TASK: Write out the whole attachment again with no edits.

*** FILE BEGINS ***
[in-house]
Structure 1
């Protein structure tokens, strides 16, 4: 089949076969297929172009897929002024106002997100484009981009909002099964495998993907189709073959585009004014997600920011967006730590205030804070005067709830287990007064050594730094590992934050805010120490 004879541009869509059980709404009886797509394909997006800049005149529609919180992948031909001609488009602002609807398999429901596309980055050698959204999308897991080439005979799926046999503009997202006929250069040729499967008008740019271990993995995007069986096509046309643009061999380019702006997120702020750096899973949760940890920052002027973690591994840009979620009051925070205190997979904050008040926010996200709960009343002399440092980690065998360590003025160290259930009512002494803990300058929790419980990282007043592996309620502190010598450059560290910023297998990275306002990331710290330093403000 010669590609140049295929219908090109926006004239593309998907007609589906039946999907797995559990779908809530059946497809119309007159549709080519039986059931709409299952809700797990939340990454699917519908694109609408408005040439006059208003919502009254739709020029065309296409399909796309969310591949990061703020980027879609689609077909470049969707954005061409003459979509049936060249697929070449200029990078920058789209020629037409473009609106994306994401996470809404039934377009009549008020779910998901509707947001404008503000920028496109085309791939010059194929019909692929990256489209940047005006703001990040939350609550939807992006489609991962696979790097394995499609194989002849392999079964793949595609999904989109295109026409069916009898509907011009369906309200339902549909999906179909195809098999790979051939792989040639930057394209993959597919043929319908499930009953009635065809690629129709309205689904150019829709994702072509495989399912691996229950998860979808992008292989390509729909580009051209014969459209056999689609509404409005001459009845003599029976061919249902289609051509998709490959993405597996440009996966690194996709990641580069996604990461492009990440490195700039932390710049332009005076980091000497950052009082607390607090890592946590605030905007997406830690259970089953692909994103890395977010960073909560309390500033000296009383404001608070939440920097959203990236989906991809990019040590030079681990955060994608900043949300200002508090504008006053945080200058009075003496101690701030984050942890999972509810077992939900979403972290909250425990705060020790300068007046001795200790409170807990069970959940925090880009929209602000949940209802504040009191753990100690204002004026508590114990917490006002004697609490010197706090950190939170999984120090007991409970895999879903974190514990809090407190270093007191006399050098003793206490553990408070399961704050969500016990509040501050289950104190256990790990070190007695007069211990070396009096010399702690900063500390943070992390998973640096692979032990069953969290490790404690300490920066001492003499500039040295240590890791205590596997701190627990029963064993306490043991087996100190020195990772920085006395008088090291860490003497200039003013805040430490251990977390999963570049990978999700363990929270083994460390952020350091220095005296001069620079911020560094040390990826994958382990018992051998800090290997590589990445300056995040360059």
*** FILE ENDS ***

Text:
[in-house]
Structure 1
């Protein structure tokens, strides 16, 4: 089949076969297929172009897929002024106002997100484009981009909002099964495998993907189709073959585009004014997600920011967006730590205030804070005067709830287990007064050594730094590992934050805010120490 004879541009869509059980709404009886797509394909997006800049005149529609919180992948031909001609488009602002609807398999429901596309980055050698959204999308897991080439005979799926046999503009997202006929250069040729499967008008740019271990993995995007069986096509046309643009061999380019702006997120702020750096899973949760940890920052002027973690591994840009979620009051925070205190997979904050008040926010996200709960009343002399440092980690065998360590003025160290259930009512002494803990300058929790419980990282007043592996309620502190010598450059560290910023297998990275306002990331710290330093403000 010669590609140049295929219908090109926006004239593309998907007609589906039946999907797995559990779908809530059946497809119309007159549709080519039986059931709409299952809700797990939340990454699917519908694109609408408005040439006059208003919502009254739709020029065309296409399909796309969310591949990061703020980027879609689609077909470049969707954005061409003459979509049936060249697929070449200029990078920058789209020629037409473009609106994306994401996470809404039934377009009549008020779910998901509707947001404008503000920028496109085309791939010059194929019909692929990256489209940047005006703001990040939350609550939807992006489609991962696979790097394995499609194989002849392999079964793949595609999904989109295109026409069916009898509907011009369906309200339902549909999906179909195809098999790979051939792989040639930057394209993959597919043929319908499930009953009635065809690629129709309205689904150019829709994702072509495989399912691996229950998860979808992008292989390509729909580009051209014969459209056999689609509404409005001459009845003599029976061919249902289609051509998709490959993405597996440009996966690194996709990641580069996604990461492009990440490195700039932390710049332009005076980091000497950052009082607390607090890592946590605030905007997406830690259970089953692909994103890395977010960073909560309390500033000296009383404001608070939440920097959203990236989906991809990019040590030079681990955060994608900043949300200002508090504008006053945080200058009075003496101690701030984050942890999972509810077992939900979403972290909250425990705060020790300068007046001795200790409170807990069970959940925090880009929209602000949940209802504040009191753990100690204002004026508590114990917490006002004697609490010197706090950190939170999984120090007991409970895999879903974190514990809090407190270093007191006399050098003793206490553990408070399961704050969500016990509040501050289950104190256990790990070190007695007069211990070396009096010399702690900063500390943070992390998973640096692979032990069953969290490790404690300490920066001492003499500039040295240590890791205590596997701190627990029963064993306490043991087996100190020195990772920085006395008088090291860490003497200039003013805040430490251990977390999963570049990978999700363990929270083994460390952020350091220095005296001069620079911020560094040390990826994958382990018992051998800090290997590589990445300056995040360059």